Variables

Terms

  • Place: a location that can hold a value on the stack, heap, registers etc.
  • Pointer: An address to a place
  • Variable: named value slot on the stack
  • Value: combination of type and an element from that types domain of values
  • Representation: Used for a type to turn a sequence of bytes to a value

Example 1

Using that terminology lets break down a simple program


#![allow(unused)]
fn main() {
let x: u32 = 10;
let px: &u32 = &x;
println!("x: {}", px);
}
x: 10

Create variable named x with value 10. The stack now has a place with a sequence of bytes that can be converted back into a value using the u32 types representation


#![allow(unused)]
fn main() {
let x: u32 = 10;
}

Create a variable named px that contains a value of type pointer to the memory address of the place where we created the value 10


#![allow(unused)]
fn main() {
let px = &x;
}

Dereference the variable named px to access the place, printing its value by using the u32 types representation to convert it from a sequence of bytes to a value


#![allow(unused)]
fn main() {
println!("x: {}", px);
}
x: 10

the println macro in rust will dereference any values that are pointers, so you can omit the * in *px. To print the actual address (the value of the pointer) try:


#![allow(unused)]
fn main() {
println!("x: {:p}", px);
}
x: 0x7ffdc852a9ac

Example 2

Important to clearly understand what the value is in a pointer type:


#![allow(unused)]
fn main() {
let x: u32 = 10;
let y: u32 = 20;
let px1 = &x;
// Set the `value` of px2 to an address pointing to the `place` in memory containing the value 10
let mut px2 = &x;
println!("px1 value: {:p} dereferenced: {}", px1, px1);
println!("px2 value: {:p} dereferenced: {}", px2, px2);
// Update the `value` of px2 to an address pointing to the `place` in memory containing the value 20
px2 = &y;
println!("px2 value: {:p} dereferenced: {}", px2, px2);
}
px1 value: 0x7ffd4e2ef4a8 dereferenced: 10
px2 value: 0x7ffd4e2ef4a8 dereferenced: 10
px2 value: 0x7ffd4e2ef4ac dereferenced: 20

The part where people get confused is that rust automatically dereferences a value on a lot of occasions, go over the previous code to convince yourself that px2's value is an address of type &32, not a u32.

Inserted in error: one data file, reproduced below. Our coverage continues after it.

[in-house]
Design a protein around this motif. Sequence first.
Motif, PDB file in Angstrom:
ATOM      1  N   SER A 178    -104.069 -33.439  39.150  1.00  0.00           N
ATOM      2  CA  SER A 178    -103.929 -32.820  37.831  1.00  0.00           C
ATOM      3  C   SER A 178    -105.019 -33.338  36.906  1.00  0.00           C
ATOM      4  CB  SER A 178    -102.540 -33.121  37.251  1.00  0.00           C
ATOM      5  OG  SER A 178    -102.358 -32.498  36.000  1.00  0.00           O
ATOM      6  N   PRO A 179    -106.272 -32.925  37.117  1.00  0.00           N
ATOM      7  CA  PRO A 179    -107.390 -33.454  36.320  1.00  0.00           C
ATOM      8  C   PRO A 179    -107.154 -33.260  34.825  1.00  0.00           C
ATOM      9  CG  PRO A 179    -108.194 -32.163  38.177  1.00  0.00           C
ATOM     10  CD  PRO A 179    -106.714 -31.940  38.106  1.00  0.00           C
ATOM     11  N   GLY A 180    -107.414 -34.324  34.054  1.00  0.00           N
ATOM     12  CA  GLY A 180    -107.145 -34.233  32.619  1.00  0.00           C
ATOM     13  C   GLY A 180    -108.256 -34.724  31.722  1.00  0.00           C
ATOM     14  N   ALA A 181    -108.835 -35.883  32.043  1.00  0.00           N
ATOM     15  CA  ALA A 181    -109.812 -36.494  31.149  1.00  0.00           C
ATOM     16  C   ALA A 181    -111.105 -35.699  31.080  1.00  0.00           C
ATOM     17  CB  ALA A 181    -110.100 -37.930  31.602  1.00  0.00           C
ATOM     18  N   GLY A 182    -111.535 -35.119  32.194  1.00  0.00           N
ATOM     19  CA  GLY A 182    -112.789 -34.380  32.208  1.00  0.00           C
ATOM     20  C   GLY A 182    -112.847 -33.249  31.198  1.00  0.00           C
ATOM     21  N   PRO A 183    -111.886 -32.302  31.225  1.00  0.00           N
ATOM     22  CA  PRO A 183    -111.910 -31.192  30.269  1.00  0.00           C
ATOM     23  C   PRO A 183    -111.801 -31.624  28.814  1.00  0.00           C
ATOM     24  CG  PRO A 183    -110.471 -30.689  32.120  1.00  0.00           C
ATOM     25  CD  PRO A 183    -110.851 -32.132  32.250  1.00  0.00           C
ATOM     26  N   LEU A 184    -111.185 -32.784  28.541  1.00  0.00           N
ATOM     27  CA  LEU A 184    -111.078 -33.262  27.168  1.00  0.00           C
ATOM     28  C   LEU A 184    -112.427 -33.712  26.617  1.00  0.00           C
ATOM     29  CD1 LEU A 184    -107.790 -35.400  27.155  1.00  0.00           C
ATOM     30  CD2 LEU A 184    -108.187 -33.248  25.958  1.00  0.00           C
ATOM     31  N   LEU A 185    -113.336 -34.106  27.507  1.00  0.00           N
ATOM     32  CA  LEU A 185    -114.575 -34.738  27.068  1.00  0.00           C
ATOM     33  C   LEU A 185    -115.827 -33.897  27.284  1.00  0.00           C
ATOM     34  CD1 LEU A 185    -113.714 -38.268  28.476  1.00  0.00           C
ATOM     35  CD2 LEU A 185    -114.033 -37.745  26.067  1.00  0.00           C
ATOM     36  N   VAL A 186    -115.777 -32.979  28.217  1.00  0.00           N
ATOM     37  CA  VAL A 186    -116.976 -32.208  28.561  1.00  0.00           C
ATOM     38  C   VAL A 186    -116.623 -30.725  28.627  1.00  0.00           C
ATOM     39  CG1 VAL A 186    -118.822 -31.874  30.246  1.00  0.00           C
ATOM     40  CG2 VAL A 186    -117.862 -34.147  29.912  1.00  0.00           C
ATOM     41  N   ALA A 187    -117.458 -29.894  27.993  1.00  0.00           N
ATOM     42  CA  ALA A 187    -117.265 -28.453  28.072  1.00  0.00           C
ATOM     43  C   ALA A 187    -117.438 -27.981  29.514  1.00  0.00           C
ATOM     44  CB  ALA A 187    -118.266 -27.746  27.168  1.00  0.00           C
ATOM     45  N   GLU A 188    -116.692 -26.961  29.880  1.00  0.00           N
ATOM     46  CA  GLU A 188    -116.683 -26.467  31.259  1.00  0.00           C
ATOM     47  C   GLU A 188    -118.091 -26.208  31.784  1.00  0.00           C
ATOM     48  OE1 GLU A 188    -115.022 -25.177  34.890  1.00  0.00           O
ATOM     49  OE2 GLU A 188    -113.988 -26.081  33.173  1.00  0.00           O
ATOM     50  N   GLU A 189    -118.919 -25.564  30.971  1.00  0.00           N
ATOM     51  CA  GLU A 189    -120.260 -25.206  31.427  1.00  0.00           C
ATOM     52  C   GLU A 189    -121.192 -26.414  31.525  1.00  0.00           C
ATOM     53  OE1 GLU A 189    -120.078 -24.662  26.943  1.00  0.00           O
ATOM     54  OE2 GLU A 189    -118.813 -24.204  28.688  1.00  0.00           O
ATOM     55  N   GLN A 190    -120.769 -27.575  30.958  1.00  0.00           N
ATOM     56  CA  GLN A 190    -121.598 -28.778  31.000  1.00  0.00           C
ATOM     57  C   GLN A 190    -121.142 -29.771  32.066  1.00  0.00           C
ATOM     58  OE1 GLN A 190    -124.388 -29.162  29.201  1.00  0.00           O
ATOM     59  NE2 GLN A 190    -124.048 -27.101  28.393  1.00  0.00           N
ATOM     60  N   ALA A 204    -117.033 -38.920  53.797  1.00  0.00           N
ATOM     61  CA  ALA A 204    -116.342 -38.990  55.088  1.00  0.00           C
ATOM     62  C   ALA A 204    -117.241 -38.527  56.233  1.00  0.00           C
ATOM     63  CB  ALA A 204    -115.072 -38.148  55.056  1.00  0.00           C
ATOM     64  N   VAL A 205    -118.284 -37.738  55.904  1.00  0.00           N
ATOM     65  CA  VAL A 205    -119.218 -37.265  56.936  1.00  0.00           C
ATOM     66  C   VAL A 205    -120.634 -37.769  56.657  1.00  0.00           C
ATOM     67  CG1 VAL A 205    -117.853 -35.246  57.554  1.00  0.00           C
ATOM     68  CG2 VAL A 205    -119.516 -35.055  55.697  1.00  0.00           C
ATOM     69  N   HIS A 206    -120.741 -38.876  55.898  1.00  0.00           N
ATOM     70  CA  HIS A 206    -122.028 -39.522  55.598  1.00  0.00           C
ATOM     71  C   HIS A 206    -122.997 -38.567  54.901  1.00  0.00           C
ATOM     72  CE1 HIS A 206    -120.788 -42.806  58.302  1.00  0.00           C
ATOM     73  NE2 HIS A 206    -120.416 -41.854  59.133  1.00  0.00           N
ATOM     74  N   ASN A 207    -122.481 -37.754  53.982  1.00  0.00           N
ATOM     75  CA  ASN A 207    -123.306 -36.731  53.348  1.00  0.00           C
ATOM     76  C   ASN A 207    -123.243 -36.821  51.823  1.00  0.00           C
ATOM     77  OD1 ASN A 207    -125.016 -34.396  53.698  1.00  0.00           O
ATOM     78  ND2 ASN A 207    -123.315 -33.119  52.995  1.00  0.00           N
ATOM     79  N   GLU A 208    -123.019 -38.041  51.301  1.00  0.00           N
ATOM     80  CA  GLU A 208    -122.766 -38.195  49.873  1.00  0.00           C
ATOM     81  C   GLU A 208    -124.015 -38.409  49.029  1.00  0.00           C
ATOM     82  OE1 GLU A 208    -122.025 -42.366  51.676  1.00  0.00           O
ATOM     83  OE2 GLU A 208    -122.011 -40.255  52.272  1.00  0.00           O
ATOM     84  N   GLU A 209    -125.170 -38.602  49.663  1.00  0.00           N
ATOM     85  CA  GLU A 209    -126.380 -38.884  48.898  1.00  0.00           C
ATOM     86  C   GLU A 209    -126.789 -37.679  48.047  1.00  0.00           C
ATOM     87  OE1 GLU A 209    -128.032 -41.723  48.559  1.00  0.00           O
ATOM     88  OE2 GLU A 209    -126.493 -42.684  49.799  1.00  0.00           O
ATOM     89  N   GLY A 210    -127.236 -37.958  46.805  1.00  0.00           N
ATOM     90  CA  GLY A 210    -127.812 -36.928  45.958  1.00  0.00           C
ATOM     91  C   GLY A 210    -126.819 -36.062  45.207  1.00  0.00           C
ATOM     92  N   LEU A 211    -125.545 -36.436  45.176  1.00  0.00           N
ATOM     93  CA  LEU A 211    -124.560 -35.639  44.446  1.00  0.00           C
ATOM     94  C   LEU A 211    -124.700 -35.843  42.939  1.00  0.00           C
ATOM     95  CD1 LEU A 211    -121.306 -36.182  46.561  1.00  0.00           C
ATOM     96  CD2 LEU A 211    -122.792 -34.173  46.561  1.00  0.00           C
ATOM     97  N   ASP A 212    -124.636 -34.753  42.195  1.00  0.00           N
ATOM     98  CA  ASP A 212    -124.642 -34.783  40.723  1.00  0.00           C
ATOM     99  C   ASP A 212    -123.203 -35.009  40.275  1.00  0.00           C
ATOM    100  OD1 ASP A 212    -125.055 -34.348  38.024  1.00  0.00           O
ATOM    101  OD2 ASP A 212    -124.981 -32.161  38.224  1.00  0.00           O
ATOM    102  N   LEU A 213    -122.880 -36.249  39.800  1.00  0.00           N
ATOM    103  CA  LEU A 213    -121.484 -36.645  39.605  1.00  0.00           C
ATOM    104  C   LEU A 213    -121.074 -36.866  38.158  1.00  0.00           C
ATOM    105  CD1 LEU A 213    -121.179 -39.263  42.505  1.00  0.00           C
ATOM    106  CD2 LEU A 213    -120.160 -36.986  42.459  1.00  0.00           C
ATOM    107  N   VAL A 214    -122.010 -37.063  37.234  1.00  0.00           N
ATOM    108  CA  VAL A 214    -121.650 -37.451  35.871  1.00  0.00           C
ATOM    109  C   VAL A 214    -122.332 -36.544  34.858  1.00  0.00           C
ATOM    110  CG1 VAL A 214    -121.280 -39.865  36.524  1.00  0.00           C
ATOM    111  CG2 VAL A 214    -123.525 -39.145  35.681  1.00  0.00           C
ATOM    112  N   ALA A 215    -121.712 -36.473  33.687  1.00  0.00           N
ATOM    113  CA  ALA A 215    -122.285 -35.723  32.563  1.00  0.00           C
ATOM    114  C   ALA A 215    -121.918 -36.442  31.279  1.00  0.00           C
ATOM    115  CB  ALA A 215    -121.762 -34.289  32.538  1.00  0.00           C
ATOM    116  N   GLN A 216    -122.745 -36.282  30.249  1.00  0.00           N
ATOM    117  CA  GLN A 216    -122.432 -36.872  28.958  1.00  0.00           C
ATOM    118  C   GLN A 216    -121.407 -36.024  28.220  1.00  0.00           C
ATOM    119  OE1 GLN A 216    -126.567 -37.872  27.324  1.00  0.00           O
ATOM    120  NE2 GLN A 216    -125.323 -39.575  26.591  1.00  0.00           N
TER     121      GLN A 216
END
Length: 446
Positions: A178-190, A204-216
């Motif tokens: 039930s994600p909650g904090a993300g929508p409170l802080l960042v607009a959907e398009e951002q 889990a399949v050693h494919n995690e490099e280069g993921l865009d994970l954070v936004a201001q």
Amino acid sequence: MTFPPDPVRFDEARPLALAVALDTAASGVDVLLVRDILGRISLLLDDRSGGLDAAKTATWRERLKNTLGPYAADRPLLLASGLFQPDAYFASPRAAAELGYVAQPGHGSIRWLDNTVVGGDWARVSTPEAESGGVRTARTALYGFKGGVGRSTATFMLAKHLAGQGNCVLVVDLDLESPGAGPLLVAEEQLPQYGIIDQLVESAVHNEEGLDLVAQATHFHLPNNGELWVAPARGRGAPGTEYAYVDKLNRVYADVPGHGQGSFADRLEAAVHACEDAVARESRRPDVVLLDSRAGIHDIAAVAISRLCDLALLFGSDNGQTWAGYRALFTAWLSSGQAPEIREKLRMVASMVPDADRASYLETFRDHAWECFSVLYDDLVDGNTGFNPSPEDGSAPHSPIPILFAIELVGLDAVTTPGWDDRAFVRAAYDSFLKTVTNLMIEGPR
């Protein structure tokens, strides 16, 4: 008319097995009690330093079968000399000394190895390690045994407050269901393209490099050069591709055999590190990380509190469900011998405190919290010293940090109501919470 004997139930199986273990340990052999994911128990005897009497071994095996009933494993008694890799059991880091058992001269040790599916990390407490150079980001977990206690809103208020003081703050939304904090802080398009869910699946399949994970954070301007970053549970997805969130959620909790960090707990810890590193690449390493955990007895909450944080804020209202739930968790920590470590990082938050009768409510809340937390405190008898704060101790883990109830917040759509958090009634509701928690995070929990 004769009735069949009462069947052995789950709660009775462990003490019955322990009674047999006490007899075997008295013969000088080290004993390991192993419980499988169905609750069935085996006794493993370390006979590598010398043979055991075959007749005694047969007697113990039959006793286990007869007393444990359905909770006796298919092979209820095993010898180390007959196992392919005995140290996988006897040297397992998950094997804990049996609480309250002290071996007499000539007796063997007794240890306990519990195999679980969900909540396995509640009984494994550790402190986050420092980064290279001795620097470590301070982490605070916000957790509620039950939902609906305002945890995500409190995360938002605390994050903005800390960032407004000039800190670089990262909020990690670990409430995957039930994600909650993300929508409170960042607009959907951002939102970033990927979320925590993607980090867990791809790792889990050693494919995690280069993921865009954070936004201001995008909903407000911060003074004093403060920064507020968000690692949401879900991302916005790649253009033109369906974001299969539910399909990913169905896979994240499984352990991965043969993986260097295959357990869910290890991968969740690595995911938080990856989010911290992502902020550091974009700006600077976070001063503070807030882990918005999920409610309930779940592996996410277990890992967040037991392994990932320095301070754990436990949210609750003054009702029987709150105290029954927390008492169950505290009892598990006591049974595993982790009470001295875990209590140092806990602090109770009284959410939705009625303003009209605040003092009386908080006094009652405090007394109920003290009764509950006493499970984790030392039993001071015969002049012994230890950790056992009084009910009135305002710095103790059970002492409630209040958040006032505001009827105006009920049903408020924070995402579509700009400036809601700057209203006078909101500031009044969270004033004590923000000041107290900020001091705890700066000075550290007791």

Flows

Sometimes described as dependency lines, they track the lifetimes of values. Looking at a simple program:


#![allow(unused)]
fn main() {
// Create 1st flow
let mut x = 5;
//  Continue 1st flow
let y = &x;
// Create a 2nd flow
x = 10;
// Continues 1st flow, conflicting with 2nd flow
println!("{}", y);
}
warning: value assigned to `x` is never read
 --> src/main.rs:7:1
  |
7 | x = 43;
  | ^
  |
  = note: `#[warn(unused_assignments)]` on by default
  = help: maybe it is overwritten before being read?

error[E0506]: cannot assign to `x` because it is borrowed
 --> src/main.rs:7:1
  |
5 | let y = &x;
  |         -- borrow of `x` occurs here
6 | // Now there are two mutable flows. No error yet
7 | x = 43;
  | ^^^^^^ assignment to borrowed `x` occurs here
8 | // Th
9 | println!("{}", y);
  |                - borrow later used here

For more information about this error, try `rustc --explain E0506`.
warning: `output` (bin "output") generated 1 warning
error: could not compile `output` due to previous error; 1 warning emitted

There cannot be exclusive and shared use of a value at the same time. If the print statement was omitted, the compiler would detect that 1st flow wasn't used again, so it would compile:


#![allow(unused)]
fn main() {
let mut x = 5;
// y is never used again
let y = &x;
x = 10;
println!("2nd flow x: {}", x)
}
2nd flow x: 10

#![allow(unused)]
fn main() {
let mut x = 42;
let y = &mut x;
*y = 10;
println!("{}", y)
}
10